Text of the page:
I don’t think I’ve ever sold a “thing,” or if I did, I don’t remember it.
My older sister was a good salesman. She managed to sell a neighborhood kid a lump of chewed-up gum from the bottom of our pond by passing it off as a prehistoric rock, applying her extensive knowledge of dinosaurs to make for a convincing sale. Later, when a neighbor’s cat was run over in front of our house on the morning of the 4th of July, Boo quickly figured out a pricing strategy for selling seats, charging amounts ranging from a penny to a quarter as we kids waited in our pajamas for the Animal Control truck to pick up the already foul-smelling and crushed corpse. As Boo shoved kids aside to make room for one more high paying customer, I knew that it helped to be gorgeous and bossy, and have a sharp kick to control crowds and vector merchandise and services to the right individuals.
Somehow, by a very young age, I was already put-off by sales. I suspect if I analyzed it with greater care I would find that Boo had sold me a thing or two from time to time, having that older sister advantage such as she did.
The first thing I sold was me. As an eight-year-old, I would go around the neighborhood and knock on people’s doors and ask for work. The first few times I tried this, I had some bad experiences, particularly as one old biddy in the neighborhood took my help and withheld payment, finding some small excuse to cheat a child. From that, I knew it was better to go as a team and organized my friends into batteries to go around the neighborhood where we could offer to mow lawns, wash cars, care for animals and have the advantage that if anyone stiffed us, we could upend their flowerpots and deal them civil justice.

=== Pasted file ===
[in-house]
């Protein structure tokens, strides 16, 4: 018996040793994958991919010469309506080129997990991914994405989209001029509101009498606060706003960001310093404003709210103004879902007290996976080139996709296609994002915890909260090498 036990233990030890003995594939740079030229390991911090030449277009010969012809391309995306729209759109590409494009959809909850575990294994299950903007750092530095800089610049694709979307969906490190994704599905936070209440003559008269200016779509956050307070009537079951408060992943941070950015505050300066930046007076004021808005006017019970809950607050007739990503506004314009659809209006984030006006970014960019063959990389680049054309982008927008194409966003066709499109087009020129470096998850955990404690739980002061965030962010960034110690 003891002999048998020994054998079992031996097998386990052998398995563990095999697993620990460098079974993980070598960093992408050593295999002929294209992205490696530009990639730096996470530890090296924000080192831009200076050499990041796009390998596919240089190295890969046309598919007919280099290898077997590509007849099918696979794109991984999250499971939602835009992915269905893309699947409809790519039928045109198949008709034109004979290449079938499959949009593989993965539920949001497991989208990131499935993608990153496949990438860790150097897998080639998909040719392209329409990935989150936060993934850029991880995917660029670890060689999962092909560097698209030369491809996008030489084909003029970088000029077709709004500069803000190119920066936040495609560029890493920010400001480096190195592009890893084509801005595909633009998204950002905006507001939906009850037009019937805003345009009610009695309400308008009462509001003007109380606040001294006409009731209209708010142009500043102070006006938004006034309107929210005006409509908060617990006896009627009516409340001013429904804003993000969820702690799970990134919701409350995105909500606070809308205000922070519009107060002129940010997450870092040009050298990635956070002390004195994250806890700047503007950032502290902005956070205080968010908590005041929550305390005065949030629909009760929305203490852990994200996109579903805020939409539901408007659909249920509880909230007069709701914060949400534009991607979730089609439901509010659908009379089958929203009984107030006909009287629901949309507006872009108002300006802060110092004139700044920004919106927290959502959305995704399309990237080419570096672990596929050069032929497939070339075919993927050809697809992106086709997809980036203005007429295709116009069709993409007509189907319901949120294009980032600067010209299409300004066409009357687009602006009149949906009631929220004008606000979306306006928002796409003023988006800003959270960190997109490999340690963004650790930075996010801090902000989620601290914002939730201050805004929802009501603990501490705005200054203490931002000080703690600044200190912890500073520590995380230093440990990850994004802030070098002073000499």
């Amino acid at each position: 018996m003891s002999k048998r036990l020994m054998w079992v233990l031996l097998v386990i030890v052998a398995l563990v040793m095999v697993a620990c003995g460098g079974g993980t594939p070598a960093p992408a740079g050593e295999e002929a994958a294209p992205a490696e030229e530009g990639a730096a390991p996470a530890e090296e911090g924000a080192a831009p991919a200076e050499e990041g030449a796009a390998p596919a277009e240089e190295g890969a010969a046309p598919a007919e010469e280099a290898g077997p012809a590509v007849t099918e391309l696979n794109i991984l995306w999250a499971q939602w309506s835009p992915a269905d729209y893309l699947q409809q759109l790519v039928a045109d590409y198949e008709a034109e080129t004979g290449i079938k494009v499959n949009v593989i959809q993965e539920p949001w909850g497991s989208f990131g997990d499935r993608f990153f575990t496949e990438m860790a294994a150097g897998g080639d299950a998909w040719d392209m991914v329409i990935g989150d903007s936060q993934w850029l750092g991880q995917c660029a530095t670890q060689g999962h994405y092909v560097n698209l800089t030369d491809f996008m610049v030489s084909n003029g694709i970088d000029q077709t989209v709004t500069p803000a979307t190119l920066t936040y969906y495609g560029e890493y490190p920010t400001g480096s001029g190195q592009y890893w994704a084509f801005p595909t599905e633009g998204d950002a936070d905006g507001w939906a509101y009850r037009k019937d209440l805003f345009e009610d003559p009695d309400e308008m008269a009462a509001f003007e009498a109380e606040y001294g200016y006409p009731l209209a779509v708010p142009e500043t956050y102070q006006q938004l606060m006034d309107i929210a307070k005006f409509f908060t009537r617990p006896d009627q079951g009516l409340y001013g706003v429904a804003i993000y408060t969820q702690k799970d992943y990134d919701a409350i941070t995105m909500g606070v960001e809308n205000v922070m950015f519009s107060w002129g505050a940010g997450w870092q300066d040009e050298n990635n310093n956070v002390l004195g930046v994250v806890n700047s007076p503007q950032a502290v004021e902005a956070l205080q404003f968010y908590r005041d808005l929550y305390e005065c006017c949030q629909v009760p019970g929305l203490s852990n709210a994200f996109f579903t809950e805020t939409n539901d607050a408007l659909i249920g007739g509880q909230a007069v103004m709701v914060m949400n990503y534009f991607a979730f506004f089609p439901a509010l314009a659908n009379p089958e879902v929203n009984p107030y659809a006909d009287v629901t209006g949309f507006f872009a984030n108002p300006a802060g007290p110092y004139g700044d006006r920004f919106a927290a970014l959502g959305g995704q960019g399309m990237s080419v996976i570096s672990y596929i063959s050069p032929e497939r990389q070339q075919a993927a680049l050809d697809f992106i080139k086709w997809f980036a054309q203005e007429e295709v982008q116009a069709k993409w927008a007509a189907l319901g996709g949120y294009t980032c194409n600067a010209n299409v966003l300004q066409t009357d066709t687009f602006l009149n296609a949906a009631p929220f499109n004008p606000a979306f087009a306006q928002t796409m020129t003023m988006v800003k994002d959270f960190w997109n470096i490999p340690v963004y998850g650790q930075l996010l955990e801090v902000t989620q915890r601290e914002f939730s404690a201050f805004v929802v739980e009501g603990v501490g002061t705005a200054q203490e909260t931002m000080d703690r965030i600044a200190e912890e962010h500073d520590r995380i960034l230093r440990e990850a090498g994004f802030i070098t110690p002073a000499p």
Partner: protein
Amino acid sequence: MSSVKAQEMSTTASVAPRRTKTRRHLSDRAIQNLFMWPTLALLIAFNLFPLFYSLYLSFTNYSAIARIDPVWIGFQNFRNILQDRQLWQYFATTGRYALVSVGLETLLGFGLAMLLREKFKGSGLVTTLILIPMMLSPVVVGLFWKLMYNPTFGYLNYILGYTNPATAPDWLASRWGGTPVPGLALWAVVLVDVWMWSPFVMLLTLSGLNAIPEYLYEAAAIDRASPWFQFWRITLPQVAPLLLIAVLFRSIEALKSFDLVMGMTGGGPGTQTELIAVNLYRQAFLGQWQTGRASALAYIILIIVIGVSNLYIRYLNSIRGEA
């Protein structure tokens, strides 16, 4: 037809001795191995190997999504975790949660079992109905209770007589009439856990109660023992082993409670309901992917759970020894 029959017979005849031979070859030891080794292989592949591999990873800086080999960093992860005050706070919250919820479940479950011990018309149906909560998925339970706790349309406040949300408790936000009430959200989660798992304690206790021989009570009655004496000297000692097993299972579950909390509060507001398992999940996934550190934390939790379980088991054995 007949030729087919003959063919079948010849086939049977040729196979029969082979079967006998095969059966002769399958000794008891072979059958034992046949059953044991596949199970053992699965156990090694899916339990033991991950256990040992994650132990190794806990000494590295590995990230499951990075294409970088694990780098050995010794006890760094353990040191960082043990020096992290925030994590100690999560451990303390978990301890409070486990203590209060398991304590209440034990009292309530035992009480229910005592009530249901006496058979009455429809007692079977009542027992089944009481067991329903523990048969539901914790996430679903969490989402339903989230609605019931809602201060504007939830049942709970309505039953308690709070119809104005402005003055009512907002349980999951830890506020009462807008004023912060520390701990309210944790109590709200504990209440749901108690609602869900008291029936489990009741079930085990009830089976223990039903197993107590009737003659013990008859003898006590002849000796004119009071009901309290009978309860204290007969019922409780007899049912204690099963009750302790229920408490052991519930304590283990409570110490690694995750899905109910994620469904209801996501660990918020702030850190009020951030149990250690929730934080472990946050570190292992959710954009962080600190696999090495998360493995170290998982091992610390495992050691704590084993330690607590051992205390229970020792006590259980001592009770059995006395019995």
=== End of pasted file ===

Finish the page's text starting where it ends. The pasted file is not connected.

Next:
I liked working and was a hard worker. I could polish shoes faster than any kid I knew due to my anxiety with psychomotor involvement; I could bring up a great shine on even the most recalcitrant of leather surfaces. I was also very strong for a short and skinny kid, and very determined.
My mom admired my ability to work and my willingness, despite my shyness and fear of people, to get out there and find jobs. She admired that I wore out the knees of my jeans before the seat of my pants and bragged about it. She also bragged that I was determined, having come up against that herself more than once with me.
Ultimately, the best sale I ever made was made was to Mom. After her cancer diagnosis, I sprung her from the nursing home where she was drugged up and dying, got her help, made her eat, made her laugh, made her hope, made her slow down, stop and experience my love and forgiveness.
I miss what we became.